It is something of a miracle – and, indeed, a comment on the comical oddities hidden behind the word ‘security’ – that he was appointed to lead the Manhattan Project at all
In physics he found succour. Here was a way into the invisible depths of the world and away from its impossibly complex surface. But even here he made life difficult for himself. He could not make up his mind whether he was a theorist or experimenter and he also tended to back the wrong horses, notably failing to see the full significance of Richard Feynman\s quantum electrodynamics. The awkward truth is that, in any other age, he may have been the leading physicist in the world, but in the century of Einstein, Bohr, Dirac, Feynman and too many others, he was second rank.
Yet, for the subject itself, he pulled off a mighty coup born of his patriotism. He overthrew Germany to make America the home of the most advanced physics, a title the Large Hadron Collider has recently stolen back for Europe. At Berkeley and, later, at the Institute for Advanced Study at Princeton he imported or nurtured the best on the world. In the latter case this seemed to include not only Einstein and friends but also, strangely, T.S.Eliot, perhaps the one man alive capable of overawing the assembled geniuses.
For all his awkwardness and his apparent disconnection from the world, Oppenheimer’s true destiny was leadership. Like many leaders – Churchill is the most obvious example – he was destined to do just one thing. The Manhattan Project was a staggering achievement involving the deployment of tens of thousands of workers, almost all of whom had no idea of the purpose of the mysterious work they were doing, and the balancing of the egos of the physicists and the demands of the military, not to mention the poison being poured into the whole system by the FBI agents who, without any hard evidence, had convinced themselves Oppenheimer was a traitor. On top of all of which was the sin that became burnt flesh at Hiroshima and Nagasaki and may well do again.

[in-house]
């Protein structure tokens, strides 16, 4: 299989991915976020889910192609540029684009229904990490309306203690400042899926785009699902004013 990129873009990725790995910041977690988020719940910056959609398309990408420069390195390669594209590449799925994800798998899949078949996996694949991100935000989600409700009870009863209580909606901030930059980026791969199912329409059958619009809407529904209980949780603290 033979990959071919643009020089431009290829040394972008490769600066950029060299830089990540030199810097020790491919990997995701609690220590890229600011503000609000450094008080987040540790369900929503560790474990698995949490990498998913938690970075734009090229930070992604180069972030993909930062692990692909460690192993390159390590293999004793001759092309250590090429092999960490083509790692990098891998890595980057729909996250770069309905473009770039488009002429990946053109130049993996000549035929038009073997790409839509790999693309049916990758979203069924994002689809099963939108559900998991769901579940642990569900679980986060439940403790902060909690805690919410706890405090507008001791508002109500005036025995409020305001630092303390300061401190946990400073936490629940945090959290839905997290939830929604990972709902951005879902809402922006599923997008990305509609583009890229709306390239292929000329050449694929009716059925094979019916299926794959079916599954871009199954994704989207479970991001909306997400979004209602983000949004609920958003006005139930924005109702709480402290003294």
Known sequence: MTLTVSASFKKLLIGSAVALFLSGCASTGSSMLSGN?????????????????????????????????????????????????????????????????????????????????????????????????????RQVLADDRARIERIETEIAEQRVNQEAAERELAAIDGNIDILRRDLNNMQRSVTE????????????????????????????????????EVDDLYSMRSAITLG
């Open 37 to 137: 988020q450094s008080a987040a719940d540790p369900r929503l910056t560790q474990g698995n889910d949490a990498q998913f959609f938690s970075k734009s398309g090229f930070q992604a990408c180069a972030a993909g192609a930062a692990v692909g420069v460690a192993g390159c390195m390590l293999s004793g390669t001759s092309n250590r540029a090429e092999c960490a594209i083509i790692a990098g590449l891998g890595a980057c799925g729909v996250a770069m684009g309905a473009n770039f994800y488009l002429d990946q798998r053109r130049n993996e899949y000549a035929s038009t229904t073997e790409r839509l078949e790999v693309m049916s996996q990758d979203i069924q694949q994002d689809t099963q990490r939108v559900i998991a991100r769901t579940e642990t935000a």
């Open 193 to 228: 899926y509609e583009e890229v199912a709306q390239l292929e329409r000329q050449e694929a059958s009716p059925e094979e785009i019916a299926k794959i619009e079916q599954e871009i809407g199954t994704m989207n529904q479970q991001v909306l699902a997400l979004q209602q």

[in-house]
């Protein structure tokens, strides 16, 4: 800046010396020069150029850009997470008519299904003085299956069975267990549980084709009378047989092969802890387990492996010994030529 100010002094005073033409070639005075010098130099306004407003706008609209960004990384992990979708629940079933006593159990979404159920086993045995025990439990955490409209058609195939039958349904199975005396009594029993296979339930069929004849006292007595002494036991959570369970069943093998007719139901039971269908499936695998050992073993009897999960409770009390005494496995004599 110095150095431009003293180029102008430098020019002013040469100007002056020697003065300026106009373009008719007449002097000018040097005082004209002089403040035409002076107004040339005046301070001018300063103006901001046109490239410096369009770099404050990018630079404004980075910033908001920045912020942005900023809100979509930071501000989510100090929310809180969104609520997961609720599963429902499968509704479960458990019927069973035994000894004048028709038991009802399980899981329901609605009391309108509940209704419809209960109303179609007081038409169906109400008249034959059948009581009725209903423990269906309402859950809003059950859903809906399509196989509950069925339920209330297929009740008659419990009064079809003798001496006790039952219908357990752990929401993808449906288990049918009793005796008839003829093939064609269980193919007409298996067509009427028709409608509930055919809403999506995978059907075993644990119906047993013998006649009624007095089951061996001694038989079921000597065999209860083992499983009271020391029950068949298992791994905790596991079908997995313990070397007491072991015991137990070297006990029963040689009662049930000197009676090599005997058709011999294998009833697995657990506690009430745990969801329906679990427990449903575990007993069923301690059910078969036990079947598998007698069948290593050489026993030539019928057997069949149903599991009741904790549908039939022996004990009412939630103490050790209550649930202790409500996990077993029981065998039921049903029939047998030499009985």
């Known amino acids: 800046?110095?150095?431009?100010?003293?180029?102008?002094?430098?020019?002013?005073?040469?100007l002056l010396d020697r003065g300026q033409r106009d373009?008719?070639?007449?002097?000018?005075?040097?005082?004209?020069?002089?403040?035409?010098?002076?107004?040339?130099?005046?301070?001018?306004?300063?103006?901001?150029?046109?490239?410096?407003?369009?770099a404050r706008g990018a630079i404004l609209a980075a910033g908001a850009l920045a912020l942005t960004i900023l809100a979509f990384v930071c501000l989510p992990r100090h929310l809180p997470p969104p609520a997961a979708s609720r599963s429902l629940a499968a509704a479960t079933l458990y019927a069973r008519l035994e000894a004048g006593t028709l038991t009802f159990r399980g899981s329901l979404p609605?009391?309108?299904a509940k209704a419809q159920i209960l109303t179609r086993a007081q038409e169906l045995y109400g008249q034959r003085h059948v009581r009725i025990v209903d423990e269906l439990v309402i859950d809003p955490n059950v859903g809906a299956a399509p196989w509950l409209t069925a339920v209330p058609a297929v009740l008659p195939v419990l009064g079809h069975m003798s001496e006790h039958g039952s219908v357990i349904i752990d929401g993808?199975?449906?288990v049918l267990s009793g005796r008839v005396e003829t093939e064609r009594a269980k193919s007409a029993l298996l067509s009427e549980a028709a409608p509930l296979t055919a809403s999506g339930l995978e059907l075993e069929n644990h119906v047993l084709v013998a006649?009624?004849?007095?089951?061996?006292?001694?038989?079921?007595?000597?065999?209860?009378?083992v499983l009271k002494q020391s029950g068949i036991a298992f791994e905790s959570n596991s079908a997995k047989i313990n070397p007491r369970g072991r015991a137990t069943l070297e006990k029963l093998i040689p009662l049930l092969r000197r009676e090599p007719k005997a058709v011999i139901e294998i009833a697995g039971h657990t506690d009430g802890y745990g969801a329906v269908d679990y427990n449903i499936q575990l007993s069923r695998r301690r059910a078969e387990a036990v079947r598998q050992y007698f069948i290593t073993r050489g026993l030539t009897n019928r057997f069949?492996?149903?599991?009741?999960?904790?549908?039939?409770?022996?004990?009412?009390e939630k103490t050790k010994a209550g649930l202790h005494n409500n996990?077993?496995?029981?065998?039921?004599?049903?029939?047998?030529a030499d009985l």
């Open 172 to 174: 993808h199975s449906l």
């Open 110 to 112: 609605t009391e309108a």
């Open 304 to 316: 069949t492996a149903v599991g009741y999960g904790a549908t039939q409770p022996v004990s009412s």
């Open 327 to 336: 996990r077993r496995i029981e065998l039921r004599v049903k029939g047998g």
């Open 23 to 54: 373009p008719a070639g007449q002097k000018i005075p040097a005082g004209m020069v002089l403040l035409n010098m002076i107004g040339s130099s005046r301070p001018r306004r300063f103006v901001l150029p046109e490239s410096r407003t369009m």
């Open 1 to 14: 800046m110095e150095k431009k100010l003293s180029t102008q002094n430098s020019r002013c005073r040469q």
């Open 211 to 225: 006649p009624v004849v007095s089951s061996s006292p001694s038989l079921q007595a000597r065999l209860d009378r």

This is to scratch the surface of this mighty book which feels suspiciously like the best biography I have ever read. Its primary quality is restraint. Monk accepts his subject’s opacity and does not pretend to penetrate it with easy psychology. He generously leaves the best insight to others. As I said, he begins with that moving quote of Rabi’s, but he ends with one even more moving, one that fully captures the pain and difficulty of being J. Robert Oppenheimer.
“The arrogance,” said diplomat and historian George Kennan, “which to many appeared to be a part of his personality masked in reality an overpowering desire to bestow and receive affection. Neither circumstances nor at times the asperities of his own temperament permitted the gratification of this need in a measure remotely approaching its intensity.”
Weep for Hiroshima but spare one tear for Oppie.